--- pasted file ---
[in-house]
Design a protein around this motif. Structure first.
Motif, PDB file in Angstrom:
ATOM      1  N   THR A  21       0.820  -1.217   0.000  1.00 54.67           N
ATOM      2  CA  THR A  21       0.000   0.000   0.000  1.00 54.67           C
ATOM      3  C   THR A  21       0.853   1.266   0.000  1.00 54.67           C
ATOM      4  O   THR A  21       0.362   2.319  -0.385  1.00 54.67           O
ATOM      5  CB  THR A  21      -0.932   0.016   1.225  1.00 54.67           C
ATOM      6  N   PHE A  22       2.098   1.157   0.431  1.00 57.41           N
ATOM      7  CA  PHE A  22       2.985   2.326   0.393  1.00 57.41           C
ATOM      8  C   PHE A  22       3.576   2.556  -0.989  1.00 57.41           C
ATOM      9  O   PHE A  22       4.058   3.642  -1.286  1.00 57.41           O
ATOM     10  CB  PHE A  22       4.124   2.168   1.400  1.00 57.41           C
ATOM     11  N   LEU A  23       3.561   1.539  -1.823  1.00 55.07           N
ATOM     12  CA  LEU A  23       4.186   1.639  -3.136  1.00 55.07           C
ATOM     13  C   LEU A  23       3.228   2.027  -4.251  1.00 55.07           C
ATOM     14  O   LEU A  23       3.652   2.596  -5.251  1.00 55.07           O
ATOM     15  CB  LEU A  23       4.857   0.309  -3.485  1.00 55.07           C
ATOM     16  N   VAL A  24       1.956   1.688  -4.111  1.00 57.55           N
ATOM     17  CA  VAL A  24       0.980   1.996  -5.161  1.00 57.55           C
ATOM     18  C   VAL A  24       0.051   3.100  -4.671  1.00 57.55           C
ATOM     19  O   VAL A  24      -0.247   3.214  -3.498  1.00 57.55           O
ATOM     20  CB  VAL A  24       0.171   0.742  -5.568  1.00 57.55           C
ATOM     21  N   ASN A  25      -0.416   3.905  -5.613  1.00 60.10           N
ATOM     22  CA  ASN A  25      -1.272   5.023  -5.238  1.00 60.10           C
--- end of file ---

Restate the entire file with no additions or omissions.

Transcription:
[in-house]
Design a protein around this motif. Structure first.
Motif, PDB file in Angstrom:
ATOM      1  N   THR A  21       0.820  -1.217   0.000  1.00 54.67           N
ATOM      2  CA  THR A  21       0.000   0.000   0.000  1.00 54.67           C
ATOM      3  C   THR A  21       0.853   1.266   0.000  1.00 54.67           C
ATOM      4  O   THR A  21       0.362   2.319  -0.385  1.00 54.67           O
ATOM      5  CB  THR A  21      -0.932   0.016   1.225  1.00 54.67           C
ATOM      6  N   PHE A  22       2.098   1.157   0.431  1.00 57.41           N
ATOM      7  CA  PHE A  22       2.985   2.326   0.393  1.00 57.41           C
ATOM      8  C   PHE A  22       3.576   2.556  -0.989  1.00 57.41           C
ATOM      9  O   PHE A  22       4.058   3.642  -1.286  1.00 57.41           O
ATOM     10  CB  PHE A  22       4.124   2.168   1.400  1.00 57.41           C
ATOM     11  N   LEU A  23       3.561   1.539  -1.823  1.00 55.07           N
ATOM     12  CA  LEU A  23       4.186   1.639  -3.136  1.00 55.07           C
ATOM     13  C   LEU A  23       3.228   2.027  -4.251  1.00 55.07           C
ATOM     14  O   LEU A  23       3.652   2.596  -5.251  1.00 55.07           O
ATOM     15  CB  LEU A  23       4.857   0.309  -3.485  1.00 55.07           C
ATOM     16  N   VAL A  24       1.956   1.688  -4.111  1.00 57.55           N
ATOM     17  CA  VAL A  24       0.980   1.996  -5.161  1.00 57.55           C
ATOM     18  C   VAL A  24       0.051   3.100  -4.671  1.00 57.55           C
ATOM     19  O   VAL A  24      -0.247   3.214  -3.498  1.00 57.55           O
ATOM     20  CB  VAL A  24       0.171   0.742  -5.568  1.00 57.55           C
ATOM     21  N   ASN A  25      -0.416   3.905  -5.613  1.00 60.10           N
ATOM     22  CA  ASN A  25      -1.272   5.023  -5.238  1.00 60.10           C